||Crime and local inequality in South Africa
|Gabriel Demombynes and Berk Ozler
We examine the effects of local inequality on property and violent crime in South Africa. The findings are consistent with economic theories relating local inequality to property crime and also with sociological theories that imply that inequality leads to crime in general. Burglary rates are 25-43% higher in police precincts that are the wealthiest among their neighbors, suggesting that criminals travel to neighborhoods where the expected returns from burglary are highest. Finally, while we find little evidence that inequality between racial groups fosters interpersonal conflict at the local level, racial heterogeneity itself is highly correlated with crime.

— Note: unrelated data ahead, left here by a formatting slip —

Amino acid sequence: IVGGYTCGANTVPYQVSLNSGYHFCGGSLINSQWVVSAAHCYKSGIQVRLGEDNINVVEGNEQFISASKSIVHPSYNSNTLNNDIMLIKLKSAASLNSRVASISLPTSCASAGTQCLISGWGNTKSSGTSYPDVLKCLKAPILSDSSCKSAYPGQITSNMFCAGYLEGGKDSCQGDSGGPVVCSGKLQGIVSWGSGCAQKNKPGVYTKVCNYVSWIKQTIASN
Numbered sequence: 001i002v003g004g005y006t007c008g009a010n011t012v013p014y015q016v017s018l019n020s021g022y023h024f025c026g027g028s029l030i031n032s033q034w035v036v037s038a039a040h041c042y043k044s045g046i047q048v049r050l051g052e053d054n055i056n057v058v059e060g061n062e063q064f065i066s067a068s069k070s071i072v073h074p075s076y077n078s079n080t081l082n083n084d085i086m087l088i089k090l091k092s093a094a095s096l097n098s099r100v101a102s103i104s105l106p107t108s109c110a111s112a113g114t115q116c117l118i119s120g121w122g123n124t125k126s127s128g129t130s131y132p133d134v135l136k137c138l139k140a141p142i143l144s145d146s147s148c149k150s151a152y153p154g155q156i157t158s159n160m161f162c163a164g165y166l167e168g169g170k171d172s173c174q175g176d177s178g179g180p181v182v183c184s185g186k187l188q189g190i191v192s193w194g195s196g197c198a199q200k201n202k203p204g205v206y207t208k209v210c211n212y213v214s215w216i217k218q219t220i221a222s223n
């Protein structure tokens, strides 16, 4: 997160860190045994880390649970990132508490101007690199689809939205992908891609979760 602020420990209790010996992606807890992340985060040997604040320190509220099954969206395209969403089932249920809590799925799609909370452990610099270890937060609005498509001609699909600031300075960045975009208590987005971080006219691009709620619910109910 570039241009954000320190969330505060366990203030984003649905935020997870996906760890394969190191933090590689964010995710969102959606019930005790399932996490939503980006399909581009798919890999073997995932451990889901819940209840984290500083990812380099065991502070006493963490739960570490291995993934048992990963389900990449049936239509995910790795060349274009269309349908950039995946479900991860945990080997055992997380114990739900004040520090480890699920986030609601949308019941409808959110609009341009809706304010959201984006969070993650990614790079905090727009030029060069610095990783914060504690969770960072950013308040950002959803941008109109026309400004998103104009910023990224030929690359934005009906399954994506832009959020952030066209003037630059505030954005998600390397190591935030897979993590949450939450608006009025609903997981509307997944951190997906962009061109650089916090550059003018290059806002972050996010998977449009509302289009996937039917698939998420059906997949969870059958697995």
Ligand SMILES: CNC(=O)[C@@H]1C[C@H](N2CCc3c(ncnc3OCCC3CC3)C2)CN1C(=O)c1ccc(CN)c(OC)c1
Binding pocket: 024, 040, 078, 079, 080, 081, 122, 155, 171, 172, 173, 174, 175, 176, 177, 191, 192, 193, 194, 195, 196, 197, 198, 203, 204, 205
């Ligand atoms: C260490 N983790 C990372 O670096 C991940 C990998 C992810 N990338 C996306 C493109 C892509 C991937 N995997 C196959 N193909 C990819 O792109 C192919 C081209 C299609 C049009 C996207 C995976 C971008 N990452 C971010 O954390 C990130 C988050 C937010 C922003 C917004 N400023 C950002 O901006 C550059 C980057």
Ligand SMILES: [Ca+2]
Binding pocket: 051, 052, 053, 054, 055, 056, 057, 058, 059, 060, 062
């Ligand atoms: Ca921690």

Demombynes, Gabriel and Berk Ozler (2004). "Crime and local inequality in South Africa." Journal of Development Economics 76: 265-292.